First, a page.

The etiology and pathogenesis of migraine remains incompletely understood. However, some neurotransmitters and vasoactive substances, such as nitric oxide (NO), serotonin (5-hydroxytryptamine; 5-HT), and calcitonin gene-related peptide (CGRP), have been identified to be implicated in the initiation of migraine. The 5-HT receptor agonists, e.g., ergotamine and triptans, and CGRP receptor antagonists have been proven to be effective for the treatment of migraine attacks [1, 8]. However, these drugs can cause medication overuse headache, hepatotoxicity, and cardiovascular and central side effects [9]. A survey revealed that more than 70% of patients using these drugs stopped or switched treatment due to drug side effects and intolerance. While so far, monoclonal antibodies against CGRP were almost devoid of serious adverse reactions [9, 10].

Thus, anti-CGRP monoclonal antibodies are used as the prophylactic treatments for migraine. Galcanezumab was authorized in the USA in May 2018. In this meta-analysis, we collected and analyzed RCTs of galcanezumab in the prevention of migraine in adults. The results of this analysis are expected to provide evidence-based date for prophylactic managements of migraine.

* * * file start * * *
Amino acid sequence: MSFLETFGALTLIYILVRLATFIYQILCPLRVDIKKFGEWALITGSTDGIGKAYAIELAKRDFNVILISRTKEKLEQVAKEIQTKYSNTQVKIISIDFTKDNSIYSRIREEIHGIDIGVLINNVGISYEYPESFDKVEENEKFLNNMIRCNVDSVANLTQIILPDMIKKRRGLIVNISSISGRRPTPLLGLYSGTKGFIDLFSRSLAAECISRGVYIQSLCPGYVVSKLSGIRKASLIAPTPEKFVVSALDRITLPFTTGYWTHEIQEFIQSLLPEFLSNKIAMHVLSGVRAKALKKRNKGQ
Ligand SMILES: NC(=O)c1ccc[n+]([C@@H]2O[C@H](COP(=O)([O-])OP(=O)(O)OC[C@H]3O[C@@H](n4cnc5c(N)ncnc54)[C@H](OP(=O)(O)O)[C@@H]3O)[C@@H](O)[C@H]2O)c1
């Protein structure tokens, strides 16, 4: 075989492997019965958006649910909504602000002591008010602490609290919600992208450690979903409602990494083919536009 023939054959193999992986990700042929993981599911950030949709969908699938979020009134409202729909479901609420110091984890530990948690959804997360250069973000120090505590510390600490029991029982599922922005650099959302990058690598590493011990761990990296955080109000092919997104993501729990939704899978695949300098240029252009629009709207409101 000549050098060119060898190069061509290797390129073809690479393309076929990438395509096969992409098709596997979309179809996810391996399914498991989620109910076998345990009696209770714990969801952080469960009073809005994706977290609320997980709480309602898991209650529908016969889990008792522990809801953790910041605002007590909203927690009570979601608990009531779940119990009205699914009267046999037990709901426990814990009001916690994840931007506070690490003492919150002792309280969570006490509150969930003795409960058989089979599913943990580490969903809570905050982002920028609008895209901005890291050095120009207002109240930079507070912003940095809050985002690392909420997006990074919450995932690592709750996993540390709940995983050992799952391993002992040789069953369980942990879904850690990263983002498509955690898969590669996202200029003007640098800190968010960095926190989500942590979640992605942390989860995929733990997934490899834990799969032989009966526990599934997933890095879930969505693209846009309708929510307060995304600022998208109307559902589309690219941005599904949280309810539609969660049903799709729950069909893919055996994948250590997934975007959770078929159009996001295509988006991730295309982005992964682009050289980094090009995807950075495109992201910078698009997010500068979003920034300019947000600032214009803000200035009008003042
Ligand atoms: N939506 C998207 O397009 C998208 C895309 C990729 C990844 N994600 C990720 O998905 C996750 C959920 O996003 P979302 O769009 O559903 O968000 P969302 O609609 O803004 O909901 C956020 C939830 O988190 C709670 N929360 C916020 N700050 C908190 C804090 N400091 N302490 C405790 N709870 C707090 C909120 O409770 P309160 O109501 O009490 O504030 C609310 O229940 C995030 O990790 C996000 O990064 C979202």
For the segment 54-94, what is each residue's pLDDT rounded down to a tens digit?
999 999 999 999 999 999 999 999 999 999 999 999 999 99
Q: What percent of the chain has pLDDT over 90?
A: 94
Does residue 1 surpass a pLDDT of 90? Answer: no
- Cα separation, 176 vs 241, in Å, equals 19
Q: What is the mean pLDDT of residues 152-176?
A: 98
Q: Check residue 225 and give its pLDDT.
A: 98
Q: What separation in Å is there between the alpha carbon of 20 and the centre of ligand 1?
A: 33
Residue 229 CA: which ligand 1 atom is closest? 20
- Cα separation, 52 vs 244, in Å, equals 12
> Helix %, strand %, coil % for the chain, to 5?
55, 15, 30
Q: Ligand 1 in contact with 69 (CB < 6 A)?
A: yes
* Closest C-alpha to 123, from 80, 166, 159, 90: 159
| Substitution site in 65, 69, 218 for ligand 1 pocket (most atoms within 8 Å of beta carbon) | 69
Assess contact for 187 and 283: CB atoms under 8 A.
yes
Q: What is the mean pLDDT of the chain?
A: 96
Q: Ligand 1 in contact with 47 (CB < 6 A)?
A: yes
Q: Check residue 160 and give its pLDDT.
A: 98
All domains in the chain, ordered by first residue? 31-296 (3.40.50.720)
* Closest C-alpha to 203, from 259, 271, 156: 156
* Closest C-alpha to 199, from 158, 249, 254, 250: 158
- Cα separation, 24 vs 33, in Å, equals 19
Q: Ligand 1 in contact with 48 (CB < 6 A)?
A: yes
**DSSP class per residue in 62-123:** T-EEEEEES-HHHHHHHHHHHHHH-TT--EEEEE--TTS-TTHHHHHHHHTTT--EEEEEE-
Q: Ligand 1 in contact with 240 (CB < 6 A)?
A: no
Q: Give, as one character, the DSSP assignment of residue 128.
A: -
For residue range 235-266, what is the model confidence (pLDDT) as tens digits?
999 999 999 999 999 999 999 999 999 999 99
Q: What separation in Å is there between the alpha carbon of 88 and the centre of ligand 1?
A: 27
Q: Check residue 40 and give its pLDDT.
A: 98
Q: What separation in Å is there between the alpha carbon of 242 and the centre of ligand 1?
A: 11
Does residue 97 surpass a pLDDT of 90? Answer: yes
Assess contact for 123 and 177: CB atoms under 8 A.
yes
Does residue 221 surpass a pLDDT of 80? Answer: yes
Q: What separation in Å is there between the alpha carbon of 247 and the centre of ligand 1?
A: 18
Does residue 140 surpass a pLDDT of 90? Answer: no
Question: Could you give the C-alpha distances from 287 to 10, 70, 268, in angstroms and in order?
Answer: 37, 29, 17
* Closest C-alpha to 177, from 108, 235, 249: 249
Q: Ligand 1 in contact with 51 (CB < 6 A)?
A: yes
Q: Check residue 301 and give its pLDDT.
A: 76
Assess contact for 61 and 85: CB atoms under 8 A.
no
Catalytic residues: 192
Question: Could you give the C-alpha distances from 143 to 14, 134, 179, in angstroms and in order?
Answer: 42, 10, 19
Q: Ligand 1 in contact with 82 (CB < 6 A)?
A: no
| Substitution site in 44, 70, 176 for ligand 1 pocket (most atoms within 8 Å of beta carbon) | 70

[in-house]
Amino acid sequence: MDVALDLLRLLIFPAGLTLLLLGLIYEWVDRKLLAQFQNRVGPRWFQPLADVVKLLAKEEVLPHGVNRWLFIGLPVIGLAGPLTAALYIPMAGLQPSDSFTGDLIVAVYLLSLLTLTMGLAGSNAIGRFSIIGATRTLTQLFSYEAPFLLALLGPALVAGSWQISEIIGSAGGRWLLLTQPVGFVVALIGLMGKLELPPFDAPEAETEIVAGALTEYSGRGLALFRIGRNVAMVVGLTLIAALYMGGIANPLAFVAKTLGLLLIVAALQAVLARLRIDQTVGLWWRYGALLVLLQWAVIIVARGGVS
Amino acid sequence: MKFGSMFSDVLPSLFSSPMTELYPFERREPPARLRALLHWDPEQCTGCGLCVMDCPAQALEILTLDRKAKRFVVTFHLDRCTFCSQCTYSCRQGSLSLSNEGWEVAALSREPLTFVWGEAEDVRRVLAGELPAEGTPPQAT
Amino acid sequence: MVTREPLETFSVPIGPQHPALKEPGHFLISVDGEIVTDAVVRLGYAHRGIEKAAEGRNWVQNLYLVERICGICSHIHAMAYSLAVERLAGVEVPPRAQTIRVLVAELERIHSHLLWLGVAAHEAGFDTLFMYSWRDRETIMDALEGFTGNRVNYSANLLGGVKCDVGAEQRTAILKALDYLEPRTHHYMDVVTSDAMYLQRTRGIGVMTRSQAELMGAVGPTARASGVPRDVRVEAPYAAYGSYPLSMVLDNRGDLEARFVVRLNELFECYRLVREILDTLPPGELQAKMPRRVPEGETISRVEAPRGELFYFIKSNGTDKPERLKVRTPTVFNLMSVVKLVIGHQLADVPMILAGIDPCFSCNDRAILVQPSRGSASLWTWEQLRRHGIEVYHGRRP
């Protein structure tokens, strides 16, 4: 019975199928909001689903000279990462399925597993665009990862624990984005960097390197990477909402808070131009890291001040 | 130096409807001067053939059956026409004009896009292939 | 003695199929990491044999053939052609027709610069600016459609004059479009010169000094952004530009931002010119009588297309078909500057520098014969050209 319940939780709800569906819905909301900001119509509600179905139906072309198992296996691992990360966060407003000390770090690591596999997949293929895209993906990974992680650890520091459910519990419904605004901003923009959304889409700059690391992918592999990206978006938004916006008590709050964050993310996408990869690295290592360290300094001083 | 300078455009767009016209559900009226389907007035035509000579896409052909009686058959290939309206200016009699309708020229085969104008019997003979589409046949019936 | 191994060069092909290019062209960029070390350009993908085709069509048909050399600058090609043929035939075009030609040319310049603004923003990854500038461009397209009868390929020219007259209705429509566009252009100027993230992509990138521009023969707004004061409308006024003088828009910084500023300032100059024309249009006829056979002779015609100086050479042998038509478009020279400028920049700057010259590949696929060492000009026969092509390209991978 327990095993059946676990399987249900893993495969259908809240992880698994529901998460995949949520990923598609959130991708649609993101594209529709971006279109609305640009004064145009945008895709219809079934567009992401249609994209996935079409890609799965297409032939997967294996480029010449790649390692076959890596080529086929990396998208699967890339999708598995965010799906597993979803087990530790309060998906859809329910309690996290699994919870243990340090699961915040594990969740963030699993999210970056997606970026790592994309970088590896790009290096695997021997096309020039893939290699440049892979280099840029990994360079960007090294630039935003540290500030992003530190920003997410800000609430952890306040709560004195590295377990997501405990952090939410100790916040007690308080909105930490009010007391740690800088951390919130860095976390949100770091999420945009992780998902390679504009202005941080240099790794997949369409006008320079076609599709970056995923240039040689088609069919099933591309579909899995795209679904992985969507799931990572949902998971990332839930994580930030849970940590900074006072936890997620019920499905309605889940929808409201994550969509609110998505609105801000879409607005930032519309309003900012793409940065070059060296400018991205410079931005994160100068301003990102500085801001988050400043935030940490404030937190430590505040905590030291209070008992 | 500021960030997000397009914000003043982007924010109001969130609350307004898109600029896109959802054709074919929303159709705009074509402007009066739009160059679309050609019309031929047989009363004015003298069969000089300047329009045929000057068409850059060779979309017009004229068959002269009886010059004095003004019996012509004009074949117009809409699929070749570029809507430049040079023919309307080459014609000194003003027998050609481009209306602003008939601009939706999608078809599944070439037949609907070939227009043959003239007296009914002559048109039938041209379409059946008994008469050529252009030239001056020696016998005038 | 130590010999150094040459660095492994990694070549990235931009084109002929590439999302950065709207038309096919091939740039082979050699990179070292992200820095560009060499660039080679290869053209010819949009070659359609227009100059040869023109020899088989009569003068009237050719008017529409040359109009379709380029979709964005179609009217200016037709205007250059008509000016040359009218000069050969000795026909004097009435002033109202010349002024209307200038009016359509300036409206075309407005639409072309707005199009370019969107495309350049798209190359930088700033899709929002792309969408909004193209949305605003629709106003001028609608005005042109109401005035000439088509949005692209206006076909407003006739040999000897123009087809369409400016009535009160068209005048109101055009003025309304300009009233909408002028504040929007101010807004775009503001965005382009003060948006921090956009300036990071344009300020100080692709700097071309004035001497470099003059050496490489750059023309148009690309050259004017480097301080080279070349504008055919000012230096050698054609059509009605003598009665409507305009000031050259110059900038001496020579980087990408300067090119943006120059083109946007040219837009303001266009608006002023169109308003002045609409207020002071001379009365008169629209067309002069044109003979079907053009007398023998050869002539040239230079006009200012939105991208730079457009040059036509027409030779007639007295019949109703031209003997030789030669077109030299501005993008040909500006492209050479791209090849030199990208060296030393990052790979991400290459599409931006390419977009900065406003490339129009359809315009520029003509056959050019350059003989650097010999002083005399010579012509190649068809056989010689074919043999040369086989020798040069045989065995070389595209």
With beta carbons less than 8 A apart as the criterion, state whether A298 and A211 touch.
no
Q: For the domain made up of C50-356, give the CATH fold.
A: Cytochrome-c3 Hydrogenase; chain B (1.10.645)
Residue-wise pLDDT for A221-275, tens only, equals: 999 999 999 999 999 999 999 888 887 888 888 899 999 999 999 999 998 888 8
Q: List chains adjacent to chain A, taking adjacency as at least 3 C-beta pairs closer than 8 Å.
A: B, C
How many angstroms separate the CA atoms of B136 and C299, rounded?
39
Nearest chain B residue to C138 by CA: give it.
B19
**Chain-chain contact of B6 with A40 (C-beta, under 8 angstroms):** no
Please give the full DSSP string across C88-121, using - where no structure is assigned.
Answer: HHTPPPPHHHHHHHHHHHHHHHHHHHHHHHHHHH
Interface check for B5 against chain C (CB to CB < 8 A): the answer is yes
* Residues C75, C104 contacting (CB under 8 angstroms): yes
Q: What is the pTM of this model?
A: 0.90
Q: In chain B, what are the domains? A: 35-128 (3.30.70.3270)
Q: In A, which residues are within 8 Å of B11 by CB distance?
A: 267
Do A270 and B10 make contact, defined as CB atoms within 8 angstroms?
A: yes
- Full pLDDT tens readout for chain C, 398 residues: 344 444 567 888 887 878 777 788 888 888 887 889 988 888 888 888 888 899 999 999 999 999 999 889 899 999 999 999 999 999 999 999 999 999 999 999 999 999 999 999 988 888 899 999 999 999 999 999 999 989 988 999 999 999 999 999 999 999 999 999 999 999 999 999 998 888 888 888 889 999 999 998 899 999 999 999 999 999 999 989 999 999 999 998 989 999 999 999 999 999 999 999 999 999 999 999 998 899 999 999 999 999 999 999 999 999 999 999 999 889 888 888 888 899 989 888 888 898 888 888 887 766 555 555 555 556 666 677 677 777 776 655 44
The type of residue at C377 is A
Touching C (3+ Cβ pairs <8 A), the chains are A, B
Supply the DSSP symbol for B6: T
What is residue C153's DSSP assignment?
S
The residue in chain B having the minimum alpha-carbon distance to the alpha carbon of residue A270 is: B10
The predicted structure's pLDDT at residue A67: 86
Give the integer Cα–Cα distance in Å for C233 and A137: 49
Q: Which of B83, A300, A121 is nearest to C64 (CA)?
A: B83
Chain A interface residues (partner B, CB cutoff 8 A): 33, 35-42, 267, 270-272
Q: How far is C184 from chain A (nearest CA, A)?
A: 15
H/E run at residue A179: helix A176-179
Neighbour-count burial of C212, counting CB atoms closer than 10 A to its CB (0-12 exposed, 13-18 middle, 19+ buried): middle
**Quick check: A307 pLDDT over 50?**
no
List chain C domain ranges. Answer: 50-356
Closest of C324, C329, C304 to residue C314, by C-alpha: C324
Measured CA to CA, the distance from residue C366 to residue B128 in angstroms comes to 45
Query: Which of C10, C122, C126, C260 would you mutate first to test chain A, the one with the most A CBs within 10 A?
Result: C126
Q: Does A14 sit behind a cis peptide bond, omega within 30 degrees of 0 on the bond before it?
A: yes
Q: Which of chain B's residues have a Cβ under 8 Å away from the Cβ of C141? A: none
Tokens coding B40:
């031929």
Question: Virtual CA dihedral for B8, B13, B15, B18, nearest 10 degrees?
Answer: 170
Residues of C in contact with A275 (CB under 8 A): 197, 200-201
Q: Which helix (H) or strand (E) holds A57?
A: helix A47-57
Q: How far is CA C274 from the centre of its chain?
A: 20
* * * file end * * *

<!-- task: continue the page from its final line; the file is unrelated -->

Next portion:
Search strategy

This meta-analysis was conducted according to the Preferred Reporting Items for Systematic Reviews and Meta-Analyses (PRISMA). We searched for relevant RCTs on the PubMed, the Cochrane Library, Web of Science, and Clinicaltrail.gov using the following keywords: migraine and galcanezumab or LY2951742. The last search date was March 3, 2019. During the search, two authors independently read the whole articles and inspected the reference lists. Any divergence was resolved by discussion between the authors.

Inclusion and exclusion criteria